Further, AMID announced on July 26th, 2018 its revised asset allocation strategy:

“is intended to significantly reduce leverage, provide capital for strategic growth opportunities, and create long-term value…. the Partnership has identified attractive organic growth projects across all core segments. These opportunities will enable the Partnership to continue building an integrated midstream company with greater scale and density in its core operating areas as well as expanding its reach across growing resource developments. The identified projects will focus on the continued development of infrastructure along the Gulf Coast, which would further the Partnership's ability to participate in the growing export market offshore and to Mexico. The aggregate of non-acquisition related growth opportunities ranges from $200 to $300 million through 2020 at a blended multiple near 5-times expected EBITDA.”

This bid, however, aborts the chance for unit holders to recoup their lost capital via its long-term growth strategy described above. It currently appears, ArcLight will acquire the American Midstream Partners at a significant discount to fair value and cause large losses on individual unitholders. Many investors in AMID units are retirement age and have bought AMID units in the last two years after hearing AMID CEO Lynn Bourdon make statements like “These accomplishments underscore the support that we have had and can expect from our sponsor ArcLight Capital Partners, as we move forward” and “Quite frankly folks, this train is leaving the station. I hope as investors, you are as excited as we are about our future….”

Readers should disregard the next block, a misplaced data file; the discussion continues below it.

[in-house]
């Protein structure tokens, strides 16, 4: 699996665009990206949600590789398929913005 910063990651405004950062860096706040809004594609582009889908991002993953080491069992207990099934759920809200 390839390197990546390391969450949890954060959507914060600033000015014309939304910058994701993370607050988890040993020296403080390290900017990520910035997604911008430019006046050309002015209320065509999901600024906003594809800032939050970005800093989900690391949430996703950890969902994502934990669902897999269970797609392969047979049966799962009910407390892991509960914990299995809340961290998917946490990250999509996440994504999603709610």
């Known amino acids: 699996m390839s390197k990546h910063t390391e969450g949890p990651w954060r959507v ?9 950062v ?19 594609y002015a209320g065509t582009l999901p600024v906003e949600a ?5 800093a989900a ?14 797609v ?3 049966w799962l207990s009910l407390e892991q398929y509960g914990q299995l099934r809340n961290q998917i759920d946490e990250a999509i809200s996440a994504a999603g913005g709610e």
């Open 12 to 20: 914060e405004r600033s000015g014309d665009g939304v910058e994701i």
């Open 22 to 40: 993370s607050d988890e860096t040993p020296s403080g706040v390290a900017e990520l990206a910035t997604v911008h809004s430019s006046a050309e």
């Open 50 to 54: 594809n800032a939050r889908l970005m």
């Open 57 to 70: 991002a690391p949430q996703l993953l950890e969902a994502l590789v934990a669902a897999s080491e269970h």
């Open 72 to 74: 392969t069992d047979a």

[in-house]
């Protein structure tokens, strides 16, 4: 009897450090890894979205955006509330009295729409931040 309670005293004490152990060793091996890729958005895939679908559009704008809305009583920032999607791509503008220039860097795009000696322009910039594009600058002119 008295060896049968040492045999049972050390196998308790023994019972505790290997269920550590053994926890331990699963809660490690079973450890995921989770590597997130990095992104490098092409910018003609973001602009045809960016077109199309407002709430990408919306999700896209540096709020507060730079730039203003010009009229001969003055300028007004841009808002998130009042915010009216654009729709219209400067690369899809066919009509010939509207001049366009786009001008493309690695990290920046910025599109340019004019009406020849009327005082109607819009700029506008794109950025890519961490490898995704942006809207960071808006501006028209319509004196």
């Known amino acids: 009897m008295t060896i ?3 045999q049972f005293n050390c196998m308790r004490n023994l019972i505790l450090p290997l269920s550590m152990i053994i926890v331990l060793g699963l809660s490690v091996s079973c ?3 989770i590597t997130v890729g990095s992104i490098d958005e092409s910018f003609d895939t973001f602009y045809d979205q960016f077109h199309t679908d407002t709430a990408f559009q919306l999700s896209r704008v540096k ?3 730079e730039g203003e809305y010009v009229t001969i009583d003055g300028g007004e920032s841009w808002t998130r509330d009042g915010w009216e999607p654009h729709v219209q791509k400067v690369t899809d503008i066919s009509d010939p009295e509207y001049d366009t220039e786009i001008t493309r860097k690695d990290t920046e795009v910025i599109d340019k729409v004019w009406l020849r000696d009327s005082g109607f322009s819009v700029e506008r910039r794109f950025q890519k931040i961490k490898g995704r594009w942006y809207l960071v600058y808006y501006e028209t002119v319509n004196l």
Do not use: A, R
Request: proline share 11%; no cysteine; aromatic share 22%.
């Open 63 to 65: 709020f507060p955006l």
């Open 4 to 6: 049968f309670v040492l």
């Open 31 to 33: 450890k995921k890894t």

Bloomberg’s Rachel Adams has twice written on this story. On October 8th Adams quoted Recurrent Advisors’ Bradley Olson: “Even by the standards of the MLP sector, where shareholder governance is not as shareholder friendly as it is for a corporation, this deal still stands out for being aggressively quick after a dividend cut and with an aggressively low premium,” Olsen said. “This was a proposal that we think tilted the balance a little too far.”

Again, on January 4, 2019 Bloomberg again quoted Olsen “The initial read of the second bid is it seems to be using a set of circumstances that were created by an ArcLight board and ArcLight-appointed management team as an excuse to lower the bid.”

On January 9th, activist Thomas Craig, wrote that AMID units were worth $9/unit and that “The independent directors are the last line in defense against ArcLight and its tactics as they must approve a transaction. I along with other unitholders are supportive of standing firm. I encourage all unitholders to reach out to Peter, Donald, and Gerald [Mr. Peter A. Fassulo, Mr. Donald R. Kendall Jr., and Mr. Gerald A. Tywoniuk] in writing and encourage them to reject the two bids so that AMID has more time to bring Delta House up to full capacity, sell assets, and resume the distribution.”Activist Craig Thomas on AMID